I’ve got a Serfas FP-100 floor pump that has served me well for at least ten years, maybe more. This is the 3rd home I’ve lived in since I bought it, and besides myself, dozens of neighborhood kids have used and abused it. It’s seen plenty of greasy, grubby, dirty hands, filled hundreds and hundreds of tires, and still works like new. That kind of durability has made it a great value. So when the folks at Serfas offered to lend me their new FMP-969 floor pump for testing, I was more than willing, but also anxious to see what the fuss was all about with this new pump.
First things first: This is not the pump you leave outside for your neighbor’s kids to use. The FMP-969 is a beautiful aluminum pump that is as much a piece of artwork as a useful tool. An extra wide base sports a large pressure gauge that reads to 240psi, the handle is polished ovalized tubing, and even the hose is pretty special, being braided stainless with a clear rubber sleeve. I’m not suggesting you stand it on your coffee table, but my wife hasn’t complained when I leave it in the living room. It’s so nice looking, maybe she hasn’t realized it’s a tire pump. Or maybe she’s given up on trying to civilize me. (Note: she came into my office while I was writing this, and admitted that she never really looked at it, and thought it was a scooter)
Taking a closer look, it’s obvious that some thought went into the design. That wide base is nice and solid, so it doesn’t tip over easily, but fits small and large feet with ease. High contrast numbers on the black face of the gauge – white for psi and orange for bar, are easy to read, plus there’s a big red arrow on the rotating bezel, so you set the pressure, and stop pumping when the arrow and dial line up. About four inches taller than my old steel pump, the FMP-969 offers more volume per stroke, and hitting those high pressures is easier with the wider handle. The taller body necessitated a longer hose, which I found convenient for topping off tires while a bike is still on the repair stand. A hose keeper at the top of the pump keeps it in place when not in use. At the end of that hose is an all-metal valve that switches from Presta to Schrader by simply rotating a ring a quarter turn. It’s clearly labeled P and S too. After admiring all the details, it was time to put it to use.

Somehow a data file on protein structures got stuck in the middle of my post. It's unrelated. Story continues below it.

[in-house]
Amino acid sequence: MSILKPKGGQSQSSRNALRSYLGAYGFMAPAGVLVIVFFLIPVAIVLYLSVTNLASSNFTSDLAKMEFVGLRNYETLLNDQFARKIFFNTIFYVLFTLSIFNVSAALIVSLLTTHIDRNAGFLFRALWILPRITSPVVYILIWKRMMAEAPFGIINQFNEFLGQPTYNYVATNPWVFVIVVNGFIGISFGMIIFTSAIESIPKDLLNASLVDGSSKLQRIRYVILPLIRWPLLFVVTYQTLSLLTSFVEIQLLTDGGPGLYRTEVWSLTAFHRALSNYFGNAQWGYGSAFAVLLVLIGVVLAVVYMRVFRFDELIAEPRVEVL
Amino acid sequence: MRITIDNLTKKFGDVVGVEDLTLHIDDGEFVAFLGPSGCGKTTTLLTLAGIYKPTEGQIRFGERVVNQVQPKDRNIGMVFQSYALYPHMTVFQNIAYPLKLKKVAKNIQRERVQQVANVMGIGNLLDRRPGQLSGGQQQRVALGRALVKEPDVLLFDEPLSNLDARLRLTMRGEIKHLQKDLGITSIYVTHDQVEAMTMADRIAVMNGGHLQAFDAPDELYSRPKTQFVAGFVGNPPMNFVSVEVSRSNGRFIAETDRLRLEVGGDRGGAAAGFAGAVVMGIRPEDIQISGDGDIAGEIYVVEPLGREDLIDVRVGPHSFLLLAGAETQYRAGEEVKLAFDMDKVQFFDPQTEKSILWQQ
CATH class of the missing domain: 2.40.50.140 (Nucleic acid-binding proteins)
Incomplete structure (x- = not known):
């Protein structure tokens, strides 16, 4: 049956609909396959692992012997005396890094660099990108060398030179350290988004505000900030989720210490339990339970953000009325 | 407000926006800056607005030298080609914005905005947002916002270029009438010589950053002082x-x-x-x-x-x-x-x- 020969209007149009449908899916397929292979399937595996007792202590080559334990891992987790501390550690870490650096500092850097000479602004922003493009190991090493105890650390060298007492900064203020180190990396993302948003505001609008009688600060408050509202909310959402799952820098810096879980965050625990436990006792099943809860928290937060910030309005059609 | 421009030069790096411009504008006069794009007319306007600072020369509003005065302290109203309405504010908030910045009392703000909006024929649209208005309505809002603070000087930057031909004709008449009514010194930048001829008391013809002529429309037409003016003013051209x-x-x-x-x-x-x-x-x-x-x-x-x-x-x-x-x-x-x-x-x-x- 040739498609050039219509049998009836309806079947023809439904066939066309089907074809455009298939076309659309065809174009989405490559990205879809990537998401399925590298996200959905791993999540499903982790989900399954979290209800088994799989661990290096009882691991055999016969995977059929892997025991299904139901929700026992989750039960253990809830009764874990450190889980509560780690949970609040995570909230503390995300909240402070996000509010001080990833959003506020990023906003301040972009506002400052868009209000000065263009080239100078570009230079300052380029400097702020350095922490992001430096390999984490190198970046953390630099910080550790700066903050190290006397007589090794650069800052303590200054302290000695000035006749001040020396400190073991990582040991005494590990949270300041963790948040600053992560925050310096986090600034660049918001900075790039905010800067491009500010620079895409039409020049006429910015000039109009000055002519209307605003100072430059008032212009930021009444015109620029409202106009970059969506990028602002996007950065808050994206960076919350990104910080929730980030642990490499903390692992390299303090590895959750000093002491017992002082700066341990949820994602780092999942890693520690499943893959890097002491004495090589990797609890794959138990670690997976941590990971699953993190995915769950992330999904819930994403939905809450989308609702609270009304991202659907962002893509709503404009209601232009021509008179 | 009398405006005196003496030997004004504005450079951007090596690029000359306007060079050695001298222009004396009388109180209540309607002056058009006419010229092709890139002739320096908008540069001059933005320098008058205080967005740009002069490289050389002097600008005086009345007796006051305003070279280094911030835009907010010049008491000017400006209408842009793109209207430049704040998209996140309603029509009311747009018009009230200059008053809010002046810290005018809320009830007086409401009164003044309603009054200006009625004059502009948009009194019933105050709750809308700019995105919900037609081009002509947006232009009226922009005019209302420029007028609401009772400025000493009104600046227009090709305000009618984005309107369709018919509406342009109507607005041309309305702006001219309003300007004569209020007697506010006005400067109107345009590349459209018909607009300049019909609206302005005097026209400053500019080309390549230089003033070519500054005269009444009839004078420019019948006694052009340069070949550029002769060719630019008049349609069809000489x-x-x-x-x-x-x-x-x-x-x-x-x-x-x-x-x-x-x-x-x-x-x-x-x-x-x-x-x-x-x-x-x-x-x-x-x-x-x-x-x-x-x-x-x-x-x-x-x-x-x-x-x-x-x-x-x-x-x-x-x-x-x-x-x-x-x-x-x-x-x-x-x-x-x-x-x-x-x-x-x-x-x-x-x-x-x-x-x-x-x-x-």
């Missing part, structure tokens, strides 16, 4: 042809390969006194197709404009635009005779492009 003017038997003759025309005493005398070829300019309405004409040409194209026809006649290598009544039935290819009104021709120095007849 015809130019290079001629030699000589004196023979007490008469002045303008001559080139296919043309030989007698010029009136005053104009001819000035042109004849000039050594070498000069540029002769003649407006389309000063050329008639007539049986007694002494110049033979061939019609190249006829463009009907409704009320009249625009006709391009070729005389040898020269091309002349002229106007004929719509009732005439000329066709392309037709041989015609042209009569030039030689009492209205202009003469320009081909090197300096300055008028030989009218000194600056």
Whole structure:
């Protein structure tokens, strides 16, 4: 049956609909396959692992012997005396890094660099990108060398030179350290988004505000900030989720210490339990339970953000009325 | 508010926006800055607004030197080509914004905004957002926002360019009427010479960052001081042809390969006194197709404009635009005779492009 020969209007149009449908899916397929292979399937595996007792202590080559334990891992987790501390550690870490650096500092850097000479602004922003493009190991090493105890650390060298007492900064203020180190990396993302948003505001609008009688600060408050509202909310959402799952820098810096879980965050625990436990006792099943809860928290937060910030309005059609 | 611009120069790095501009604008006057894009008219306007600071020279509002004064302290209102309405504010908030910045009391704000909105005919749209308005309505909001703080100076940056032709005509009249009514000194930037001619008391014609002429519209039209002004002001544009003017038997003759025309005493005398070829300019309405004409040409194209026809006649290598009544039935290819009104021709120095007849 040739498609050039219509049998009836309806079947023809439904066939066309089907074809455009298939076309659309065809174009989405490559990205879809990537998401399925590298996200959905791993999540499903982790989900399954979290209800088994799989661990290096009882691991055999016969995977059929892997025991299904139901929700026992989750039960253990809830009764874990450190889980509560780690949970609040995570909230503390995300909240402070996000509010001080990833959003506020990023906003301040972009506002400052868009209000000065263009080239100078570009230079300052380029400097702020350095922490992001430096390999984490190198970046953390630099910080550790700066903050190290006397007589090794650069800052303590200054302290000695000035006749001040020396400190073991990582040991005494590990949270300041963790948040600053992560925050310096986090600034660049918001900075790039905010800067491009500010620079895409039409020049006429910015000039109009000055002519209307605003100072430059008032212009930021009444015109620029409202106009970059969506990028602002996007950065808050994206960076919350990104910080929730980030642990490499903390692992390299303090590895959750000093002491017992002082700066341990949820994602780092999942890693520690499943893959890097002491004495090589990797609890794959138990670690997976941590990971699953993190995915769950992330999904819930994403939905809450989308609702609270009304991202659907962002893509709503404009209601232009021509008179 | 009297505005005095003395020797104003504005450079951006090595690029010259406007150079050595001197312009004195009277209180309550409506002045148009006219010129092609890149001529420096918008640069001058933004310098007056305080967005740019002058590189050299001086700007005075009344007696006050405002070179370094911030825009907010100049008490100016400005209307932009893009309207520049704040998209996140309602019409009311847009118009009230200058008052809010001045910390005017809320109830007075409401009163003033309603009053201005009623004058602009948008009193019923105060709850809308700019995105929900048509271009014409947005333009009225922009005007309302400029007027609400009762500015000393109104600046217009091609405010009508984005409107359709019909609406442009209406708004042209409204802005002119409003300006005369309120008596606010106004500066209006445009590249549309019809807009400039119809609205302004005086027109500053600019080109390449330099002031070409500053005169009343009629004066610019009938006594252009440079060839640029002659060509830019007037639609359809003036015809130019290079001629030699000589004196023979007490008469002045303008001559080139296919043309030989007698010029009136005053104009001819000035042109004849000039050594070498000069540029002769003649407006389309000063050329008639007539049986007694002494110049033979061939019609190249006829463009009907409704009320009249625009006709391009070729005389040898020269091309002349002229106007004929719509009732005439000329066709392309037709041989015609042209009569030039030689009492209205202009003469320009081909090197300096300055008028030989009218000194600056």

I recently swapped tires from one of my mountain bikes to another. They’re 26 x 2.00, but noticeably taller than most tires. The extra volume and height allows me to choose between a plush ride on bad roads/dirt trails, or a bit more speed on hard surfaces. It also means that they take what seems like forever to fill to 60 psi. The FMP-969 managed in 47 strokes, compared to the old FP-100 at an even 60. A 700 x 23 road tire only took 17 strokes to hit 110 psi, which is an improvement of about 9 over the old pump. Usually, the higher pressures require more effort. In this case, the taller pump meant less stooping, so it never felt like work. If there’s one minor downside, it would be that the valve head needs to be threaded on, rather than using a locking lever. Not a big deal, but it does slow things down a bit. Oh, I also checked the built-in gauge against a digital tire pressure gauge I have, and they seem to match. So they’re either both accurate, or both off. But I’m leaning towards the former.
So is it worth the $120 MSRP? I think so. Given that my previous Serfas pump shows no sign of giving up, and they’re quite a reputable brand, I have no doubts about the quality. The design makes filling tires faster and easier too. But the bling factor should not be overlooked either. I’ve got a raw aluminum MTB, and a brushed raw steel bike in my home shop right now, and this pump just fits right in with the rolling art. In a world full of bright and garish “in your face” logos and graphics, the simple stylized “S” on the base, and etched logo on the handle are a refreshing change. As my friend (a bike shop employee) mentioned when he first saw it, it’s “a sexy piece of gear”. I have to agree. And it functions as great at it looks. serfas.com